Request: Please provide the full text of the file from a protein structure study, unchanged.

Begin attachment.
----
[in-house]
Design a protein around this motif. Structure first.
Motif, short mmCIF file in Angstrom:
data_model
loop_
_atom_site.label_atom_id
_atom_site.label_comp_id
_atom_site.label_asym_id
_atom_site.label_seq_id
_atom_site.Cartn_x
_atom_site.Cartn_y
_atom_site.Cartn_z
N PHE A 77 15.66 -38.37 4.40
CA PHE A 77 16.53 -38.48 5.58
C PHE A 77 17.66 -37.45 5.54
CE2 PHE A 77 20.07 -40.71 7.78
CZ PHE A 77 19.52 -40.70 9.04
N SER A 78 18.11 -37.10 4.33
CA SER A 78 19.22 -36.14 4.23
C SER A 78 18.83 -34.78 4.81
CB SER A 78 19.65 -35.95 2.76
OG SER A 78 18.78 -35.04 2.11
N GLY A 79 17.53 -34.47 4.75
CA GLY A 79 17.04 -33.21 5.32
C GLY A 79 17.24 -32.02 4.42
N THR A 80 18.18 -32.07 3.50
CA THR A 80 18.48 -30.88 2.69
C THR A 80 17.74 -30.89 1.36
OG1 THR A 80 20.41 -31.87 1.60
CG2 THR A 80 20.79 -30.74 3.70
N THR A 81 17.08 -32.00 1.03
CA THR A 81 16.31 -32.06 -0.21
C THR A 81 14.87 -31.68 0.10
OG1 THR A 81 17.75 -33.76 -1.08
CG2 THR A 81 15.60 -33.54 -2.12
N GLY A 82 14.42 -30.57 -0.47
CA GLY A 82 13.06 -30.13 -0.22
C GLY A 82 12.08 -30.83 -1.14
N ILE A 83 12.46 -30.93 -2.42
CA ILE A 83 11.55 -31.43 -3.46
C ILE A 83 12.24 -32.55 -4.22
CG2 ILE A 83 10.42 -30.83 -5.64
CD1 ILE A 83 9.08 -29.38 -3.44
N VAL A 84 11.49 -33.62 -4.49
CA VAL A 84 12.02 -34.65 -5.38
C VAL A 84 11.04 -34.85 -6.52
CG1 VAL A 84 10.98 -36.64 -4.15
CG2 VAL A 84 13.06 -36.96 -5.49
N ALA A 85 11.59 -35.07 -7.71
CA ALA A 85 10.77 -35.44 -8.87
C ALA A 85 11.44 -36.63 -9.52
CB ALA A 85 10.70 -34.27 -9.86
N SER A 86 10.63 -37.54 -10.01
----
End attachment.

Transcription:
[in-house]
Design a protein around this motif. Structure first.
Motif, short mmCIF file in Angstrom:
data_model
loop_
_atom_site.label_atom_id
_atom_site.label_comp_id
_atom_site.label_asym_id
_atom_site.label_seq_id
_atom_site.Cartn_x
_atom_site.Cartn_y
_atom_site.Cartn_z
N PHE A 77 15.66 -38.37 4.40
CA PHE A 77 16.53 -38.48 5.58
C PHE A 77 17.66 -37.45 5.54
CE2 PHE A 77 20.07 -40.71 7.78
CZ PHE A 77 19.52 -40.70 9.04
N SER A 78 18.11 -37.10 4.33
CA SER A 78 19.22 -36.14 4.23
C SER A 78 18.83 -34.78 4.81
CB SER A 78 19.65 -35.95 2.76
OG SER A 78 18.78 -35.04 2.11
N GLY A 79 17.53 -34.47 4.75
CA GLY A 79 17.04 -33.21 5.32
C GLY A 79 17.24 -32.02 4.42
N THR A 80 18.18 -32.07 3.50
CA THR A 80 18.48 -30.88 2.69
C THR A 80 17.74 -30.89 1.36
OG1 THR A 80 20.41 -31.87 1.60
CG2 THR A 80 20.79 -30.74 3.70
N THR A 81 17.08 -32.00 1.03
CA THR A 81 16.31 -32.06 -0.21
C THR A 81 14.87 -31.68 0.10
OG1 THR A 81 17.75 -33.76 -1.08
CG2 THR A 81 15.60 -33.54 -2.12
N GLY A 82 14.42 -30.57 -0.47
CA GLY A 82 13.06 -30.13 -0.22
C GLY A 82 12.08 -30.83 -1.14
N ILE A 83 12.46 -30.93 -2.42
CA ILE A 83 11.55 -31.43 -3.46
C ILE A 83 12.24 -32.55 -4.22
CG2 ILE A 83 10.42 -30.83 -5.64
CD1 ILE A 83 9.08 -29.38 -3.44
N VAL A 84 11.49 -33.62 -4.49
CA VAL A 84 12.02 -34.65 -5.38
C VAL A 84 11.04 -34.85 -6.52
CG1 VAL A 84 10.98 -36.64 -4.15
CG2 VAL A 84 13.06 -36.96 -5.49
N ALA A 85 11.59 -35.07 -7.71
CA ALA A 85 10.77 -35.44 -8.87
C ALA A 85 11.44 -36.63 -9.52
CB ALA A 85 10.70 -34.27 -9.86
N SER A 86 10.63 -37.54 -10.01